How to Become a Neonatal Nurse
Approximately 40,000 infants are born with a low birth rate annually in the U.S. Thanks to medical advancements and the care from NICU nurses, survival rates are ten times better now than they were fifteen years ago. (National Association of Neonatal Nurses)
NICU (neonatal intensive care unit) nurses work with an around-the-clock care team of medical experts to help babies who are born premature, have health problems, or those undergoing a difficult birth.
This also includes care for infants (sometimes up to two years old) who experience long-term problems caused by their prematurity or birth illness. NICU nurses also provide support for the infant’s family and the emotional rollercoaster they are on.
What it Takes to be a NICU Nurse
If you want to make a difference in the lives of infants and their families, NICU nursing may be a fit for you. While NICU nurses may experience less physical stress compared to other specialties, emotional stress is higher and more demanding given this vulnerable population.
NICU nursing is a job for nurses who are emotionally resilient.
Skills and Characteristics of NICU Nurse
Communication, assessment, and critical thinking skills are valuable as a NICU nurse. It is important for NICU nurses to communicate well with both their care team and communicate well as a teacher for the infant's families. This could include teaching the family members about equipment that needs to be used, how to integrate the child into the family, and even teaching about breastfeeding and pumping.
Notably, understanding palliative care is an important skill because NICU nurses see infant death and need to be prepared to handle that both for themselves and the families going through tough times.
For details about skills and characteristics, read 9 Must-Have Nursing Skills for Neonatal Nurses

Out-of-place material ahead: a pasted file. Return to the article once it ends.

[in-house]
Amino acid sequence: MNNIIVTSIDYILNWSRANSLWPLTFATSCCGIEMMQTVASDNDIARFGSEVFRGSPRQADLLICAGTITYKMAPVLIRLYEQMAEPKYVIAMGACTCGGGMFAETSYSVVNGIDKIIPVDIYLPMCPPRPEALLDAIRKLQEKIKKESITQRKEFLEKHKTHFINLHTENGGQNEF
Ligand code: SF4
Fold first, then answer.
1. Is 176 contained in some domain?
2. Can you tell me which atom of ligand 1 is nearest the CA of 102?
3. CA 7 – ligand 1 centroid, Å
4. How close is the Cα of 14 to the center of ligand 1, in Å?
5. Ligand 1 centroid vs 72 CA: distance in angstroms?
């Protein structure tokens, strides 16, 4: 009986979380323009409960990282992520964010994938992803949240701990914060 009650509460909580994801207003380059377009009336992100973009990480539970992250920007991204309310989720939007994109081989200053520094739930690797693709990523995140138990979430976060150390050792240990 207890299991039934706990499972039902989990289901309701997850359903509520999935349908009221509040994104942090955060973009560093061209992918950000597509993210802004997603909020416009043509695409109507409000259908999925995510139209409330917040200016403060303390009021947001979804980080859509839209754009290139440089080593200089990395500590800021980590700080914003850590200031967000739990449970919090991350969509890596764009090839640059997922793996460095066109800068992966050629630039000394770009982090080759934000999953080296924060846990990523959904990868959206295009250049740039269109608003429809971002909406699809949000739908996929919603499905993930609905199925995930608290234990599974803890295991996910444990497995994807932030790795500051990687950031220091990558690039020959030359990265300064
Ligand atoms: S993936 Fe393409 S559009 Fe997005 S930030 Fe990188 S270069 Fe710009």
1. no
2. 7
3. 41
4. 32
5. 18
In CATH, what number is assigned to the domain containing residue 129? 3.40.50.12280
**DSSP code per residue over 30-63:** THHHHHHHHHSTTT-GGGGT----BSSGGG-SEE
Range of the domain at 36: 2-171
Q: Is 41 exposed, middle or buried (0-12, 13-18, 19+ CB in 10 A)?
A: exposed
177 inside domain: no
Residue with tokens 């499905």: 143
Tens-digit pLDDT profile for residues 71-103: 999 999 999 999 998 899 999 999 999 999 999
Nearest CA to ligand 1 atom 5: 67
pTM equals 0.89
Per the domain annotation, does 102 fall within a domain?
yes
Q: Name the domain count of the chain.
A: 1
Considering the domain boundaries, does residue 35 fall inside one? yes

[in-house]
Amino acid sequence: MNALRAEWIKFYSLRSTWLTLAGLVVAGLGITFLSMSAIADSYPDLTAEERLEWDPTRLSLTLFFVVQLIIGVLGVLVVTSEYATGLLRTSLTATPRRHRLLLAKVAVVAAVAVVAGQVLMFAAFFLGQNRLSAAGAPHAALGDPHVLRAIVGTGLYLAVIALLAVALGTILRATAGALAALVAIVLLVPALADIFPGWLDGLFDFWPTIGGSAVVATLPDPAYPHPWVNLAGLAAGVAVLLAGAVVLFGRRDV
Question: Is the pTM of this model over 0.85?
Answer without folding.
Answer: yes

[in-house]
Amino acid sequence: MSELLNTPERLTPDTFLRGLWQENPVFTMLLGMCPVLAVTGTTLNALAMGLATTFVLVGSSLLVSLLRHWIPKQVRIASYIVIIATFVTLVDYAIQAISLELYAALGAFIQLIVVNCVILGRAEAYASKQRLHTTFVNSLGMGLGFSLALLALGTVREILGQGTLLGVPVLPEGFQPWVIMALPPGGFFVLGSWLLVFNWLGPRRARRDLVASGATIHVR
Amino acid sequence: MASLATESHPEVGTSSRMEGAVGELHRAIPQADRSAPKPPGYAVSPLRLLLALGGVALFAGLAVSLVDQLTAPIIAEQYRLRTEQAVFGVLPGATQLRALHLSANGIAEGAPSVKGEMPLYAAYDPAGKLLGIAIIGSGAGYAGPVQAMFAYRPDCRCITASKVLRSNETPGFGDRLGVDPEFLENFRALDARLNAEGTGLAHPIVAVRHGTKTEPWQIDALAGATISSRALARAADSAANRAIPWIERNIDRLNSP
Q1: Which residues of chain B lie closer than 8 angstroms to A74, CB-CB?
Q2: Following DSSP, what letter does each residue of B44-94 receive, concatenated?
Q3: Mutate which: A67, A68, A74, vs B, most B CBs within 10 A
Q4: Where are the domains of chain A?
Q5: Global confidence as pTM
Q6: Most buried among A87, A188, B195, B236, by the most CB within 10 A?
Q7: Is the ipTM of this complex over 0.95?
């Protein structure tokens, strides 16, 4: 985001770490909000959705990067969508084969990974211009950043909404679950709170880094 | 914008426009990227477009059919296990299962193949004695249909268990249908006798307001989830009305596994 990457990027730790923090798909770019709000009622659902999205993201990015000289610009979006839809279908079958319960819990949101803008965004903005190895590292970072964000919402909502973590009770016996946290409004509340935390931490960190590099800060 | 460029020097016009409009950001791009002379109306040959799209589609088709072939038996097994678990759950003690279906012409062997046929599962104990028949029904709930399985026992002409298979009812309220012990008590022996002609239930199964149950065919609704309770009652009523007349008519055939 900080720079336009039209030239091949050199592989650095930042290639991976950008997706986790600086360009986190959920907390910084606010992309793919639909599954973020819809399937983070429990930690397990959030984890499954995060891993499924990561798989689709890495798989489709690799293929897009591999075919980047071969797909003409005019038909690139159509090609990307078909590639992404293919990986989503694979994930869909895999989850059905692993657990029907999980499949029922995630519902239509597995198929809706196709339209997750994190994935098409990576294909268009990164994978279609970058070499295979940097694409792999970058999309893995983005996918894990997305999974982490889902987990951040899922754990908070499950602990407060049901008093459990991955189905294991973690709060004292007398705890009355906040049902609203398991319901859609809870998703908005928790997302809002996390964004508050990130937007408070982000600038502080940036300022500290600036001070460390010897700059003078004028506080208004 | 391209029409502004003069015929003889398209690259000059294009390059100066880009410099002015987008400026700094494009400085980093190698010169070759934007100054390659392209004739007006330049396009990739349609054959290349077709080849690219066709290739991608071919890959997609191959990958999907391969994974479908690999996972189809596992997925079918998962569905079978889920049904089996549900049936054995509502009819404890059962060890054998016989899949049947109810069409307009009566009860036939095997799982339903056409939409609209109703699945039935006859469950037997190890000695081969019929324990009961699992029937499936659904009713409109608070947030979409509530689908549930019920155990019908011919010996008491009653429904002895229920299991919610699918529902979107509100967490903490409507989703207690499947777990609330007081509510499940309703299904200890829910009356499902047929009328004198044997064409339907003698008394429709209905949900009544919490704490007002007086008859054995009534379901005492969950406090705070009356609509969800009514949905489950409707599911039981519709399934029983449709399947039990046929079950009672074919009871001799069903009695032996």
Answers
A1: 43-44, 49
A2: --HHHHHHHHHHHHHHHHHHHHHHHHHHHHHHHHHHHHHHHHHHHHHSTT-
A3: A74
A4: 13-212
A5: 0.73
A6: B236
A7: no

Required Education for NICU Nurse
To become a NICU nurse, you must be an RN. This requires at minimum an associate's or bachelor's degree in nursing. To become an RN, you must pass the NCLEX-RN exam. It is recommended that RNs work for two years in a hospital with a NICU to gain experience.
Certifications and Licenses for NICU Nurse
Since NICU nursing is a specialized field requiring advanced skills, not only do NICU nurses need an active RN state license to practice, but some employers require certifications such as a registered nurse certification (RNC).
NOTE: In order to keep an active RN license, nurses must complete continuing education requirements according to their state's nursing board requirements.
Job Market for NICU Nurse
Most NICU nurses work in hospital settings, either in a level II nursery with less acutely ill or convalescing infants or a level III nursery with the most critically ill patients. (National Association of Neonatal Nurses) Neonatal nurses can expect to earn an average of $71,060 annually (Payscale) and the Bureau of Labor Statistics projected a 9% job growth for all RNs from 2020-2030. (NurseJournal)
What is a Traveling NICU Nurse
A travel NICU nurse has the same responsibilities as a full-time staff NICU nurse. The difference is that the travel NICU nurse works on a contract that is typically 13 weeks, sometimes longer, sometimes shorter.
The travel nurse is not an employee of the health care organization and is considered a contractor. Due to the temporary nature of the job and the flexibility required, travel nurses are typically paid more than staff nurses.
Are you interested in traveling the country as a NICU Nurse? Fill out a quick-start application to begin or browse open positions on our job search page.